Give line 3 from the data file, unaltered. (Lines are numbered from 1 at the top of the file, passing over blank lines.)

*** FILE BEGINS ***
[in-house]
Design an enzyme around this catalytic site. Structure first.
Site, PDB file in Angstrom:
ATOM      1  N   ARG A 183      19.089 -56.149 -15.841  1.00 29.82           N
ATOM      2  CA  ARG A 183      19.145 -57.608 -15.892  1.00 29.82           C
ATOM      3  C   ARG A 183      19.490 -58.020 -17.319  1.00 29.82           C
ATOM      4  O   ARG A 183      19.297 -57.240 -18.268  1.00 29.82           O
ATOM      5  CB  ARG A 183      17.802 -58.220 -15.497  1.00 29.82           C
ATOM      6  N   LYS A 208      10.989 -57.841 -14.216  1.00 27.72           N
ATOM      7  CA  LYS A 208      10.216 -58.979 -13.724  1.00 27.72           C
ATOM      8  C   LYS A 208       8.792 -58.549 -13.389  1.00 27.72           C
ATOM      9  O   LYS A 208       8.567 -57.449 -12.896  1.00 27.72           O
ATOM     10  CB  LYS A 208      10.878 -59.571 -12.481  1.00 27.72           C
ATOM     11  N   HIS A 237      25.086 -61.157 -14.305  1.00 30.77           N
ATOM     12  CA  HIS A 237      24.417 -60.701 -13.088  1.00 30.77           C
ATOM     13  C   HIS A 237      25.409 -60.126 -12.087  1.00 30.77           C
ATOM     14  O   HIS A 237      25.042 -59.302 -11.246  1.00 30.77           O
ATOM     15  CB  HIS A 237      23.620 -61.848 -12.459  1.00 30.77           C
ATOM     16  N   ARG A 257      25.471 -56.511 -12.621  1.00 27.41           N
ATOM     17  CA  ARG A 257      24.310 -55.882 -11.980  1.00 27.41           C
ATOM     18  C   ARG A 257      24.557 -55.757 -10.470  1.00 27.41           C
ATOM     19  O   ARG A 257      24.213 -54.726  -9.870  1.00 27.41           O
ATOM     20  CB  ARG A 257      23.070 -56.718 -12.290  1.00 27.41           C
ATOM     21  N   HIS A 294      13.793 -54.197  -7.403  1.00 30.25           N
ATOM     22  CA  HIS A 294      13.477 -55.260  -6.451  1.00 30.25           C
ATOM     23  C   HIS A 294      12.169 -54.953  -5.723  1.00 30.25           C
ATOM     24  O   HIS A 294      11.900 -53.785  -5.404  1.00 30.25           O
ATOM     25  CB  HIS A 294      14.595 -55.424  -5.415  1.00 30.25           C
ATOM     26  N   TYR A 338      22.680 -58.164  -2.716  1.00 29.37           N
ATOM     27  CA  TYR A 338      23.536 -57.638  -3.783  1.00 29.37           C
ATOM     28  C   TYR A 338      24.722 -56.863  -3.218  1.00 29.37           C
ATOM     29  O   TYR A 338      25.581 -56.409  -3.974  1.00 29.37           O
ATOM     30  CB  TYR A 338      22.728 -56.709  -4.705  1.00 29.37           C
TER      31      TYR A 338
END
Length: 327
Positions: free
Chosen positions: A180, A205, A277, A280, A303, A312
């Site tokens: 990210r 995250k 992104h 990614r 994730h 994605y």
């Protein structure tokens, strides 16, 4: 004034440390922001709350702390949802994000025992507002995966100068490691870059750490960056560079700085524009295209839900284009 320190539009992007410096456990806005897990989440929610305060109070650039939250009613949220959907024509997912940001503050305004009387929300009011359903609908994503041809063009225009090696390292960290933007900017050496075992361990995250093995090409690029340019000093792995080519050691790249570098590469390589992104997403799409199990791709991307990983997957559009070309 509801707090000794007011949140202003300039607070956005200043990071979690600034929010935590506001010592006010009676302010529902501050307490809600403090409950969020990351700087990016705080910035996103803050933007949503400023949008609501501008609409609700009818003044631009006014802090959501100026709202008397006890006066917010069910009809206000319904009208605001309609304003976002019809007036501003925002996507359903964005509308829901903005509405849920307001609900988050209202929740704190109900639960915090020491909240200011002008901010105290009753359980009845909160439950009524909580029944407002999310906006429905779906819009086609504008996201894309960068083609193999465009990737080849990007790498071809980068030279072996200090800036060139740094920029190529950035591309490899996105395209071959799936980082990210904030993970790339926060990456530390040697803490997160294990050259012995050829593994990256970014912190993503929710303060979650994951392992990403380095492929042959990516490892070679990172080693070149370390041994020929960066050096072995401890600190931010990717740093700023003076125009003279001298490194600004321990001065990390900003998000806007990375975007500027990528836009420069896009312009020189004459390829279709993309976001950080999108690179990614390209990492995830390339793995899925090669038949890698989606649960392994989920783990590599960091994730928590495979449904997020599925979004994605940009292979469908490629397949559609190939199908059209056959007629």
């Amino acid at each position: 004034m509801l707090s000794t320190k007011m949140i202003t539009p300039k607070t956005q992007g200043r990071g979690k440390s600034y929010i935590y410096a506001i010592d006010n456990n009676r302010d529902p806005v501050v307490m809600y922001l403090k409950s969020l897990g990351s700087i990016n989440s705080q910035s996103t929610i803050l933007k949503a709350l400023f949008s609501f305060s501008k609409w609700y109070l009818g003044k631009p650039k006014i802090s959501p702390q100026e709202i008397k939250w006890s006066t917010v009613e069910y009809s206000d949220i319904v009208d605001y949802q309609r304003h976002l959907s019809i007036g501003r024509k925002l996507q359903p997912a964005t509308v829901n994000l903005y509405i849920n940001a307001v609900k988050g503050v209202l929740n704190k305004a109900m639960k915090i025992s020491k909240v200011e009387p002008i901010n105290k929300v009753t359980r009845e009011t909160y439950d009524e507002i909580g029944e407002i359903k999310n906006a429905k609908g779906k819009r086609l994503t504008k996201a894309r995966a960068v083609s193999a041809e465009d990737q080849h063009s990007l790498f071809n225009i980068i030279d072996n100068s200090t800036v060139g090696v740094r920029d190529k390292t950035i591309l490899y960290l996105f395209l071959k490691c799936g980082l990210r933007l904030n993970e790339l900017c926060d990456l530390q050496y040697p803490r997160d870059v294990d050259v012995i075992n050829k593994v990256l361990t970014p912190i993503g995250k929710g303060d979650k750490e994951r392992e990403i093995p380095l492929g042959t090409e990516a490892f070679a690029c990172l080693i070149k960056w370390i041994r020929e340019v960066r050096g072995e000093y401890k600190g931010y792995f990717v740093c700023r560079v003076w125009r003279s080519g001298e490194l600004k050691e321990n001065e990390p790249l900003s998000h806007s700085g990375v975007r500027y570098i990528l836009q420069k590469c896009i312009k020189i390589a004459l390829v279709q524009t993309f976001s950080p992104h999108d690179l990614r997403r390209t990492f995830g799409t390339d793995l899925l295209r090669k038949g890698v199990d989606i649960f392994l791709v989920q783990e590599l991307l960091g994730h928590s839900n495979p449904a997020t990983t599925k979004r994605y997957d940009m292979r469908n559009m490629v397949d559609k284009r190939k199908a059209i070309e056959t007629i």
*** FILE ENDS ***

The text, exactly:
Site, PDB file in Angstrom: